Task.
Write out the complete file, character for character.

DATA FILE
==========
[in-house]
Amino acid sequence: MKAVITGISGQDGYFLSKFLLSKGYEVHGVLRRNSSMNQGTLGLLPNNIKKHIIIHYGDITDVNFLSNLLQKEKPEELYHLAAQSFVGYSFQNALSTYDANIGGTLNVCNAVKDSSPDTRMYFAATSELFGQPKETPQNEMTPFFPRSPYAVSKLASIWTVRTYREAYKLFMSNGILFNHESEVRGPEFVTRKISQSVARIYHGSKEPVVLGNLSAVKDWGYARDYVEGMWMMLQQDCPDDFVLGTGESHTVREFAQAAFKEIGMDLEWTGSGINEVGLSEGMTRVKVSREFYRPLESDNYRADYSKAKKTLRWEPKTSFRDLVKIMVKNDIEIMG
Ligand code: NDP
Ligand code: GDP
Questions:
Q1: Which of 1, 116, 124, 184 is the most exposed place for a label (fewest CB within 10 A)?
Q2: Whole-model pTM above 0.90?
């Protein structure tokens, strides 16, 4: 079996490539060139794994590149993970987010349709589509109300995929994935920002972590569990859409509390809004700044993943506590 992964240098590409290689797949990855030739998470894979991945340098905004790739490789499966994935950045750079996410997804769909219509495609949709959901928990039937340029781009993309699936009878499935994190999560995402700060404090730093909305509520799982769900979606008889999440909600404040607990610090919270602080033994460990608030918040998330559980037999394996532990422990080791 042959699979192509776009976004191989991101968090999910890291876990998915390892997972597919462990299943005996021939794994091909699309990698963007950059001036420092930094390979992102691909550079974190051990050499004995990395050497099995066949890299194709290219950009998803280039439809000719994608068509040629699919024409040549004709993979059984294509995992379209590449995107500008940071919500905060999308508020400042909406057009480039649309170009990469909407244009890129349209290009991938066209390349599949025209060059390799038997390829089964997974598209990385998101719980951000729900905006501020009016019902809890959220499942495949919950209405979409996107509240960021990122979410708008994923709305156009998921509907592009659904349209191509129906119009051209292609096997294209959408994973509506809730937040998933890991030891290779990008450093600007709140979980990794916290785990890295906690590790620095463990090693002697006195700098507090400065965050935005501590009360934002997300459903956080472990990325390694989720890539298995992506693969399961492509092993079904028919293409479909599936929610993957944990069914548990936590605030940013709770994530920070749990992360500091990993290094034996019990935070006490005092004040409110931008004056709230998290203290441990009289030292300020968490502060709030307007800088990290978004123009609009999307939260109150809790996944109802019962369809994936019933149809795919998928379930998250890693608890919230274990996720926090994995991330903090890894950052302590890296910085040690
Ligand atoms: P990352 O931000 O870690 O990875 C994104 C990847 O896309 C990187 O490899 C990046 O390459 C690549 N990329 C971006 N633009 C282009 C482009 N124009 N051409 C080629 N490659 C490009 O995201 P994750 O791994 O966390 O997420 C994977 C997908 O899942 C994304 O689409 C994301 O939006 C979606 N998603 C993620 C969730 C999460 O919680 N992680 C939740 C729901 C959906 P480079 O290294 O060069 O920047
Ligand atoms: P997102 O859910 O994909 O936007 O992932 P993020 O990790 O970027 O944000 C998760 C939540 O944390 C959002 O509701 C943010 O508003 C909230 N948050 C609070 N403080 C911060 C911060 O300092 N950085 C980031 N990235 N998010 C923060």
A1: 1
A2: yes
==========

[in-house]
Amino acid sequence: MKAVITGISGQDGYFLSKFLLSKGYEVHGVLRRNSSMNQGTLGLLPNNIKKHIIIHYGDITDVNFLSNLLQKEKPEELYHLAAQSFVGYSFQNALSTYDANIGGTLNVCNAVKDSSPDTRMYFAATSELFGQPKETPQNEMTPFFPRSPYAVSKLASIWTVRTYREAYKLFMSNGILFNHESEVRGPEFVTRKISQSVARIYHGSKEPVVLGNLSAVKDWGYARDYVEGMWMMLQQDCPDDFVLGTGESHTVREFAQAAFKEIGMDLEWTGSGINEVGLSEGMTRVKVSREFYRPLESDNYRADYSKAKKTLRWEPKTSFRDLVKIMVKNDIEIMG
Ligand code: NDP
Ligand code: GDP
Questions:
Q1: Which of 1, 116, 124, 184 is the most exposed place for a label (fewest CB within 10 A)?
Q2: Whole-model pTM above 0.90?
């Protein structure tokens, strides 16, 4: 079996490539060139794994590149993970987010349709589509109300995929994935920002972590569990859409509390809004700044993943506590 992964240098590409290689797949990855030739998470894979991945340098905004790739490789499966994935950045750079996410997804769909219509495609949709959901928990039937340029781009993309699936009878499935994190999560995402700060404090730093909305509520799982769900979606008889999440909600404040607990610090919270602080033994460990608030918040998330559980037999394996532990422990080791 042959699979192509776009976004191989991101968090999910890291876990998915390892997972597919462990299943005996021939794994091909699309990698963007950059001036420092930094390979992102691909550079974190051990050499004995990395050497099995066949890299194709290219950009998803280039439809000719994608068509040629699919024409040549004709993979059984294509995992379209590449995107500008940071919500905060999308508020400042909406057009480039649309170009990469909407244009890129349209290009991938066209390349599949025209060059390799038997390829089964997974598209990385998101719980951000729900905006501020009016019902809890959220499942495949919950209405979409996107509240960021990122979410708008994923709305156009998921509907592009659904349209191509129906119009051209292609096997294209959408994973509506809730937040998933890991030891290779990008450093600007709140979980990794916290785990890295906690590790620095463990090693002697006195700098507090400065965050935005501590009360934002997300459903956080472990990325390694989720890539298995992506693969399961492509092993079904028919293409479909599936929610993957944990069914548990936590605030940013709770994530920070749990992360500091990993290094034996019990935070006490005092004040409110931008004056709230998290203290441990009289030292300020968490502060709030307007800088990290978004123009609009999307939260109150809790996944109802019962369809994936019933149809795919998928379930998250890693608890919230274990996720926090994995991330903090890894950052302590890296910085040690
Ligand atoms: P990352 O931000 O870690 O990875 C994104 C990847 O896309 C990187 O490899 C990046 O390459 C690549 N990329 C971006 N633009 C282009 C482009 N124009 N051409 C080629 N490659 C490009 O995201 P994750 O791994 O966390 O997420 C994977 C997908 O899942 C994304 O689409 C994301 O939006 C979606 N998603 C993620 C969730 C999460 O919680 N992680 C939740 C729901 C959906 P480079 O290294 O060069 O920047
Ligand atoms: P997102 O859910 O994909 O936007 O992932 P993020 O990790 O970027 O944000 C998760 C939540 O944390 C959002 O509701 C943010 O508003 C909230 N948050 C609070 N403080 C911060 C911060 O300092 N950085 C980031 N990235 N998010 C923060």
A1: 1
A2: yes